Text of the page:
Joyce focused his novels on contemporary society and, it could be argued, from a male point of view, notwithstanding his sensitive creation of characters like Molly Bloom and Gerty MacDowell in Ulysses. One of Joyce’s contemporaries, Virginia Woolf, wished to remake the modern novel so that it more fully reflected women’s creativity in narratives that questioned the conventional ordering of history and traditional gender relationships.
Virginia Woolf (1882-1941)
Virginia Woolf sought to bring the full weight of women’s concerns and talents to the development of the modern novel. She rejected the rigid hierarchies of a male-dominated society and sought in her own fiction to portray women as proactive, as makers of the world. She admired women writers and artists such as her contemporaries Rebecca West and Vanessa Bell (her sister) and based her eponymous heroine, Orlando, on Bell. Orlando: A Biography (1928) is a quintessential modernist novel that violates the standards of realistic fiction even as it mimics and burlesques biography, one of the most conventional literary genres that depends on linear development and chronological storytelling. Orlando, born in the Elizabethan period and still alive at the time of the novel, exemplified the development of civilization and gender. West was especially intrigued by the passages in which Orlando undergoes gender reassignment from a man to a woman. West maintained in her 1928 essay on Woolf, “High Fountain of Genius,” that these passages made up the heart of the novel because Woolf was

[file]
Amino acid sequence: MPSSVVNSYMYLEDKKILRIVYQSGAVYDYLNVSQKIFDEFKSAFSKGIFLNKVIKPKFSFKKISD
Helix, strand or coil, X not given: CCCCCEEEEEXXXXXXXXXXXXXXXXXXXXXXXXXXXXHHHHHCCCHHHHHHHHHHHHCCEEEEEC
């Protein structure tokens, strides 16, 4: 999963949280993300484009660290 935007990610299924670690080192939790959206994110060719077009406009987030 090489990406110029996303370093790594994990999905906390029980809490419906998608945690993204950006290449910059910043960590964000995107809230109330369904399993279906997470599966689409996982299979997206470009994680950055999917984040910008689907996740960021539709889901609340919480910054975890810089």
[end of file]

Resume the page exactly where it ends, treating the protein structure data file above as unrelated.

debating . . . how far one’s sex is like a pair of faulty glasses on one’s nose; where one looks at the universe, how true it is that to be a woman is to have a blind spot on the North Northwest, to be a man is to see light as darkness East by South.
In other words, Woolf was incorporating in her exploration of gender a typically modern concern with perception— that is, with the vantage point from which individuals view their world. That Orlando’s gender itself transcended time was Woolf’s way of exploring human identity in a context far larger than was available in the nineteenth century novel.
West, too, had been writing a novel—Harriet Hume: London Fantasy (1929)—exploring the differences between genders. She examined what would happen to a woman who could enter a man’s mind and think his thoughts. Like Woolf, West employed the radical experimentation of the modern novel to challenge the social and political conventions of a patriarchal society. Woolf, West, and others, including Djuna Barnes (in Nightwood, 1936), added a vital element to modern fiction, developing the Joycean notion of how human identity develops from the creation of language and the artist’s unique point of view.